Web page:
Is your tween or teen playing hide and seek with apps?
Many kids are getting smartphones at earlier and earlier ages. Did you know that Sprint has come out with a smartphone for 5 year olds! Personally I think this is crazy! Most parents say that they get their child a smartphone for safety reasons, so that they can be in touch with them in a nano-second. But isn’t safety and smartphones an oxymoron? After all the online world is hardly safe and is associated with all kinds of risks. Just today, the Department of Homeland Security launched a program to combat online predators, because “according to officials, the chances of a child being contacted by a predator while online are higher than you make think, and it’s a real threat.” Do you know the online risks that your child is exposed to?
There are many, many apps…
Then there are apps. Many, many apps. They too come in all varieties. There are many great useful, fun, organizational, and educational apps. Unfortunately there are also dubious apps used for ‘not so great’ reasons. Some have been in the news frequently lately, like Yik Yak for facilitating anonymous cyberbullying. Anonymous “cyberbullying” apps are a dime a dozen these days.
Then there are hook-up apps like Down. Take a look at their home page. This is definitely not for kids! They boast “the secret way to get dates with friends and people nearby… and get down whenever.” Users can sign up via Facebook. There are thousands of underage users on Facebook. Should kids be exposed to this? Kids are impressionable and may think casual sex is reality. It’s bad enough that kids are easily exposed to porn online at every turn. The harsh reality is that online sex is often depicted as violent, triple X rated. Do we want kids to think this is normal? One mom told me about her 10 year old daughter’s accidental encounter with a porn site that depicted this type of violent sex. Her daughter thought it was normal and became terrified. Thank heavens she talked to her mom about it so that her mom could let her know that this is far from a normal healthy sexual relationship.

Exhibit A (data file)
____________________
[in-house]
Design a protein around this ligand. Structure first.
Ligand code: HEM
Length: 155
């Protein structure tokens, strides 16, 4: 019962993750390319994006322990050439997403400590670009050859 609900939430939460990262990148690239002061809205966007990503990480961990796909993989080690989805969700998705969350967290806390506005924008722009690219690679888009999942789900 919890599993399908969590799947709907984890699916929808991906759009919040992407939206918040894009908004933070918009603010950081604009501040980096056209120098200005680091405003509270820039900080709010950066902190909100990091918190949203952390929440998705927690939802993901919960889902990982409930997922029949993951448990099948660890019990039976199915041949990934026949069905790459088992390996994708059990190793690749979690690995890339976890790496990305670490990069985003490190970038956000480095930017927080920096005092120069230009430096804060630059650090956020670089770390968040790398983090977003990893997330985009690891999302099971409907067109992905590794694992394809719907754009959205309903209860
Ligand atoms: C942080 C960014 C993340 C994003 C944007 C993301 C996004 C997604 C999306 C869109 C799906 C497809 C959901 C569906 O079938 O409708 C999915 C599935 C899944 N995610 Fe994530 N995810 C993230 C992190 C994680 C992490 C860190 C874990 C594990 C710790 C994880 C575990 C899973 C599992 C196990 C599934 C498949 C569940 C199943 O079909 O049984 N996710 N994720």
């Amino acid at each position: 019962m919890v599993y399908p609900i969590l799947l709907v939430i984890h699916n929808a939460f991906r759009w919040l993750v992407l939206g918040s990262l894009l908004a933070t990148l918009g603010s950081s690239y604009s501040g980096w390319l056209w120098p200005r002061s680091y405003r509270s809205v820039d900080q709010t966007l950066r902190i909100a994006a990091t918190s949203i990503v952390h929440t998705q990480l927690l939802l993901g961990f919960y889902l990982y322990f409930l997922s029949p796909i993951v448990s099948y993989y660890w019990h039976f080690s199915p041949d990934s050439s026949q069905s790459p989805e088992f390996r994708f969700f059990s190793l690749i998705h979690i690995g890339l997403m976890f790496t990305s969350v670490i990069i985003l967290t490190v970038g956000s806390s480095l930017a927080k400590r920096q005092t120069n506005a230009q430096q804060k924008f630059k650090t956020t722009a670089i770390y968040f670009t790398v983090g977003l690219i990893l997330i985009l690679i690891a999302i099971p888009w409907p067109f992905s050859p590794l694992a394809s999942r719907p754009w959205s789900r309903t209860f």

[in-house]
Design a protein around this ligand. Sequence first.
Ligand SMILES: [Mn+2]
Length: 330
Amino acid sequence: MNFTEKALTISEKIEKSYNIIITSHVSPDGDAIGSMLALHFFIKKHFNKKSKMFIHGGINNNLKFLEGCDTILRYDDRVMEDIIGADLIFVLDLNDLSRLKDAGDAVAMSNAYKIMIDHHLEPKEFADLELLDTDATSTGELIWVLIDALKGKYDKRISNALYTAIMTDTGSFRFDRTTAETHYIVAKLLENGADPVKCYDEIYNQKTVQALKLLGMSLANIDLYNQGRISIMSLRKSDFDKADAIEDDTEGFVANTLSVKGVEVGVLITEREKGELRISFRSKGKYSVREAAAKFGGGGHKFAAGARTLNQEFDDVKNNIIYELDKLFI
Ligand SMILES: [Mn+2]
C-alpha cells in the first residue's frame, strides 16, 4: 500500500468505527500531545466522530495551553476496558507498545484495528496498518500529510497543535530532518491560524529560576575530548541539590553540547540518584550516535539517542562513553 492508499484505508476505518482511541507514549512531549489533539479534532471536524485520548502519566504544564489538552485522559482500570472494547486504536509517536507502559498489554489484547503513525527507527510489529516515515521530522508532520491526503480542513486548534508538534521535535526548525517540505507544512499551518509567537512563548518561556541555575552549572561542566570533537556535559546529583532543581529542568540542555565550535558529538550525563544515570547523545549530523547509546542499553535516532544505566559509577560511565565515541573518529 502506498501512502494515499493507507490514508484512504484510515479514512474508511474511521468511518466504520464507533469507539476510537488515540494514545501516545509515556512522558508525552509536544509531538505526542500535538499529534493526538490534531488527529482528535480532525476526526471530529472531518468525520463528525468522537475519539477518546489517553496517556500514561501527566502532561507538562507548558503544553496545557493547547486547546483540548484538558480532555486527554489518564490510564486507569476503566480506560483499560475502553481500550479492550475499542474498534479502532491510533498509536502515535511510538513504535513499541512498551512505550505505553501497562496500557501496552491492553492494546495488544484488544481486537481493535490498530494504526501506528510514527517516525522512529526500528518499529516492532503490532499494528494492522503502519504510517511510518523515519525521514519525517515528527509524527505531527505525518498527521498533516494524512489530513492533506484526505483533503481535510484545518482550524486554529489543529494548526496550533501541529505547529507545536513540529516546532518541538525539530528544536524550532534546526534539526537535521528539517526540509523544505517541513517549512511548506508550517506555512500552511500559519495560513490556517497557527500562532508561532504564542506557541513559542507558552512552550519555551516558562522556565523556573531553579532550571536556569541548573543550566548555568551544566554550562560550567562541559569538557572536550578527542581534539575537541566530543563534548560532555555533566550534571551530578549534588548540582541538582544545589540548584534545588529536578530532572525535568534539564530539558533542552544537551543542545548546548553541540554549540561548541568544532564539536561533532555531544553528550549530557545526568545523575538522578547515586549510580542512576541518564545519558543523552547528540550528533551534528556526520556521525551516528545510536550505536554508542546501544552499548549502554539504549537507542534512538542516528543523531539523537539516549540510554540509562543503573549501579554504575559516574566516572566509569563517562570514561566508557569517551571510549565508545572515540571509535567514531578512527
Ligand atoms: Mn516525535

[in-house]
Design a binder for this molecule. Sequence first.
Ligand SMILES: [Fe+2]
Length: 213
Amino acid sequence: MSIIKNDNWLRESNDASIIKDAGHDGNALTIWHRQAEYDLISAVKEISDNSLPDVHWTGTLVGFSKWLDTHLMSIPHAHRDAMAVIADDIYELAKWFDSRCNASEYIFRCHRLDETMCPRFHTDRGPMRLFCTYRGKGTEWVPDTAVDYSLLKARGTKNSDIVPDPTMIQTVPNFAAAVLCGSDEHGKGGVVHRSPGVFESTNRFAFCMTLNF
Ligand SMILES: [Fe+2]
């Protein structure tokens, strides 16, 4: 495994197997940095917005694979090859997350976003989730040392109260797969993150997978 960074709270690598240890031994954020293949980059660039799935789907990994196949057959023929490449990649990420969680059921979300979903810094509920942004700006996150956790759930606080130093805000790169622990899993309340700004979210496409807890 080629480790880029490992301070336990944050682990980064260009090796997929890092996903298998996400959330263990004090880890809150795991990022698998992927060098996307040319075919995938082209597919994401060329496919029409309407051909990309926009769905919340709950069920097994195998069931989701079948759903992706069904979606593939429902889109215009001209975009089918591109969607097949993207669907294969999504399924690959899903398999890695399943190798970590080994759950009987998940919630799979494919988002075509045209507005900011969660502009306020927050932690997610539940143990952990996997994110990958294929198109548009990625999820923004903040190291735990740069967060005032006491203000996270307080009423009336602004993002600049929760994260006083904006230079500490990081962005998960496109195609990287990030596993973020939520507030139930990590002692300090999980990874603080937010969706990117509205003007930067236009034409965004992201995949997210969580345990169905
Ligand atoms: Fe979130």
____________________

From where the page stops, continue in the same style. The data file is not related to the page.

What about video chat apps like Omegle or OoVoo? Kids can connect with strangers and some of these apps provide location data and more graphic imagery that kids don’t need to see.
Picture sharing apps are all the rage. Snapchat is one of the most popular with twenty six million users (US) sending four hundred million snaps per day. That’s a lot of pics! Unfortunately the app is associated with sending nude images, known as sexting. Kids think the images disappear, but they aren’t really gone forever in a ten-second-count-down as they believe. 10…9…8…7…6…5…4…3…2…1 Pic Gone! Not so. They can be captured by others and forwarded and also remain on the sender’s phone.
Are your kid’s playing hide and seek with the apps they’re using?
Some kids are hiding their app use. It’s all too easy to do. How? They may be using the hide app feature on their device. Or they may be using a decoy app to hide their mobile activity and behavior that you may not approve of.
Steps to Hide an App on Android Devices:
To see the apps your teen may be hiding on their phone:
Decoy apps appear to parents as innocuous which is the purpose of using them. For example there is a decoy app that parents would believe is a calculator but that is really used to hide pictures and videos. Here are a few of the apps that kids use to hide what they’re doing with their smartphones. (Labels were added, parents see only plain icon not the name of the app on child’s phone.)
No one ever said parenting is easy. The digital world has made parenting kids today even tougher. But do make an effort to find out what your kids are really using their smartphones for. Check to see if they’re hiding their apps or using decoy apps. Consider it a labor of love!